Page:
Adam Smith wrote in the Wealth of Nations that “two greyhounds, in running down the same hare, have sometimes the appearance of acting in some sort of concert. Each turns her towards his companion, or endeavours to intercept her when his companion turns her towards himself. This, however, is not the effect of any contract, but of the accidental concurrence of their passions in the same object at that particular time”.
With this example the great economist taught us that oftentimes appearances are misleading and it would be foolish to attempt to find a concurrence of wills where there is simply chance, survival instinct or adaptation to the prevailing circumstances.
A European national antitrust authority, when condemning a parallel increase in price of several newspapers, stated: “such a harmonious behaviour cannot be explained as an independent reaction to market conditions, due to the large number and differing characteristics of market players as well as the variety of options theoretically opened to them. In the same vein that it would not be credible to sustain that the harmonious performance of the Swan Lake by a ballet ensemble is the result of the individual inspiration of each performer”.
Intelligent adaptation to prevailing market conditions should not be confused with anticompetitive concerted behaviour. However, when the market behaviour of competitors is analogous, how can anyone decide whether it is the result of their individual business survival instinct or the result of anticompetitive concertation?
The European Court of Justice in T-Mobile confirmed that notably in highly concentrated oligopolistic markets one single meeting amongst competitors where one of them commits the “indiscretion” of revealing that it intends to lower the commissions it pays to its resellers, suffices to condemn all those present at the meeting for concerting their market behaviour. The reason being that the competitors, although passive recipients of that information, may not be able to reverse the legal presumption that such information influenced their subsequent behaviour in the market. European antitrust law uses a “legal presumption” or the “reversal of the burden of proof” according to which, it is for the affected companies, and not for the accusing authority, to reverse the legal presumption that by remaining active on the market they are presumed to take account of the disclosed information.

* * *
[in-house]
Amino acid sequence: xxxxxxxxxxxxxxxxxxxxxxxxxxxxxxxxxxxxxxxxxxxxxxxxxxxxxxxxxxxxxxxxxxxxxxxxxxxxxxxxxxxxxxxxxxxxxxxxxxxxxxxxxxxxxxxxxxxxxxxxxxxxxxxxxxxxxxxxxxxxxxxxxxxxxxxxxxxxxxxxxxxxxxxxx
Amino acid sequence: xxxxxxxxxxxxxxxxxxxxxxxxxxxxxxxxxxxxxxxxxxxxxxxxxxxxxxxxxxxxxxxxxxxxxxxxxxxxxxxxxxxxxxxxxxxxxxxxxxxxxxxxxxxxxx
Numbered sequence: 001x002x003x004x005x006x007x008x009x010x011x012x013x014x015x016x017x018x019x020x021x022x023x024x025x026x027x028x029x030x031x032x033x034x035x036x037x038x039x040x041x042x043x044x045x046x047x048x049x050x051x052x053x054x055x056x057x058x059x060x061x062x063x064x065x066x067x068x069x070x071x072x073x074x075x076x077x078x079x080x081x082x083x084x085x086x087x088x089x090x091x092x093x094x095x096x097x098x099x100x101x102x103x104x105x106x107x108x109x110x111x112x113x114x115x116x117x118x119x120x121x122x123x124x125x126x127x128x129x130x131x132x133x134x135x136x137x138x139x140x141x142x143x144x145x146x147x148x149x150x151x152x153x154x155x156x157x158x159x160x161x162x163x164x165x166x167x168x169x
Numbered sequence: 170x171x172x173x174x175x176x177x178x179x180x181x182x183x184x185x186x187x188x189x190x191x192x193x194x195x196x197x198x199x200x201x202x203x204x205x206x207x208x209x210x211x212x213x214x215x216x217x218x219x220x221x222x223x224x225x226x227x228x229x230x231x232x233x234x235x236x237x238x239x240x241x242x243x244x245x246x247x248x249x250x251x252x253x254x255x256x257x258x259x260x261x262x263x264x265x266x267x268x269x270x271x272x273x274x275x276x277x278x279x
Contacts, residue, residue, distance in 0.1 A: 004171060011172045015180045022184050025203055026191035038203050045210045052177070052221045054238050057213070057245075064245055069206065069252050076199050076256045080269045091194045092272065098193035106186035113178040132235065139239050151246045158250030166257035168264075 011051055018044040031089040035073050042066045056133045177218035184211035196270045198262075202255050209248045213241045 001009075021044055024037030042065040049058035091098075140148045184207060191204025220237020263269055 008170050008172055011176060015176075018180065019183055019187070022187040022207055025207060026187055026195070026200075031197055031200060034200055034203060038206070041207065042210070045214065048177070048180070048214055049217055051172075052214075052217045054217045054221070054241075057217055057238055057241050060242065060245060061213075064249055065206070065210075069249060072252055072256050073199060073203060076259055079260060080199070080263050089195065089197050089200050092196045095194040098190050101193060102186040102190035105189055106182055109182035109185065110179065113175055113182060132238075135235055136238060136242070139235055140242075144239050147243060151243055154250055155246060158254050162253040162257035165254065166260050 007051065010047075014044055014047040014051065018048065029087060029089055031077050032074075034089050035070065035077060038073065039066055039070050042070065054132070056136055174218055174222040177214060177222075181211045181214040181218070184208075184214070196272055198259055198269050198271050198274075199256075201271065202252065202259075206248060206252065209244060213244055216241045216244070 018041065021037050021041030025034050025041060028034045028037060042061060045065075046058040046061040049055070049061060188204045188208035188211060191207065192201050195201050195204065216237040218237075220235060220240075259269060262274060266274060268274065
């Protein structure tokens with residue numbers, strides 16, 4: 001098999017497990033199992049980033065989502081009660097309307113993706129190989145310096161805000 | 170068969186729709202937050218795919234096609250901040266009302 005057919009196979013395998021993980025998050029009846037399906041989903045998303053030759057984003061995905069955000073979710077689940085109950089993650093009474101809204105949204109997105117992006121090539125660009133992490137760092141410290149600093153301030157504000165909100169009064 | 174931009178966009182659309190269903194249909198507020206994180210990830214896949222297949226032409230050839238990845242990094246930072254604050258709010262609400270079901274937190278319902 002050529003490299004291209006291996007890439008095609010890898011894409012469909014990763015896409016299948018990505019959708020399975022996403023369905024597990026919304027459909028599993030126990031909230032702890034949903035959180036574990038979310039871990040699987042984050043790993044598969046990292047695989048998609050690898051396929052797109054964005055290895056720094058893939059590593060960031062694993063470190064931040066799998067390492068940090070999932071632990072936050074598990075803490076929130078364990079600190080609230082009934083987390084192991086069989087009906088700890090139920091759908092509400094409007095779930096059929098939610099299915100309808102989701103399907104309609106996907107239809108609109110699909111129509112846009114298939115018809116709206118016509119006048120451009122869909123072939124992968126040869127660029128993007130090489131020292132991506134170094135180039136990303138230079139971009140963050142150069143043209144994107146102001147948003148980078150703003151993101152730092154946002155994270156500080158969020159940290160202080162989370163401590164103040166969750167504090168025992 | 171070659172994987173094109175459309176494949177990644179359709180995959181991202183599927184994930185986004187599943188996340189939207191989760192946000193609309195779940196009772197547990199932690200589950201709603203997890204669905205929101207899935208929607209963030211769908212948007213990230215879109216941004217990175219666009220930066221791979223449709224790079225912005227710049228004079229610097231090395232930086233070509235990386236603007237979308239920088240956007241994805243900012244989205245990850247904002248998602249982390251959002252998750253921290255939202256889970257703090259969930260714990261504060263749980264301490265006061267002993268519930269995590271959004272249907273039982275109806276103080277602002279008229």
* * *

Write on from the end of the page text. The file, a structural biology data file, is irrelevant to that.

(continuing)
The judgment in T-Mobile is also interesting because such a concerted practice is condemned as a Competition law restriction by object. Interestingly, on this point, the law treats antitrust violations by object in a similar fashion to drunk driving. Regardless of the result produced, namely, whether the drunk driver caused an accident or actually created any risk while driving, most legal orders condemn drivers when the alcohol content in their blood or saliva exceeds a certain level. The risk of an accident is so probable that the law presumes it as actual. In her Opinion in T-Mobile, Advocate General Juliane Kokott, expressly uses this comparison.
Unfortunately, in antitrust law we have no alcoholmeters to determine with full precision when such a set of ambiguous and imprecise rules have been infringed. Companies often complain about the unpredictability of antitrust laws and the uncertainty this creates when deciding their market strategy. Many will say, with a good reason.
Professor Herbert Hovenkamp in his outstanding book “The Antitrust Enterprise” (Harvard University Press 2005) said “The rules of antitrust remain unfocused, insufficiently precise and excessively complex. The problem of poorly designed rules is severe, because in the short run rules weigh much more heavily than principles”.
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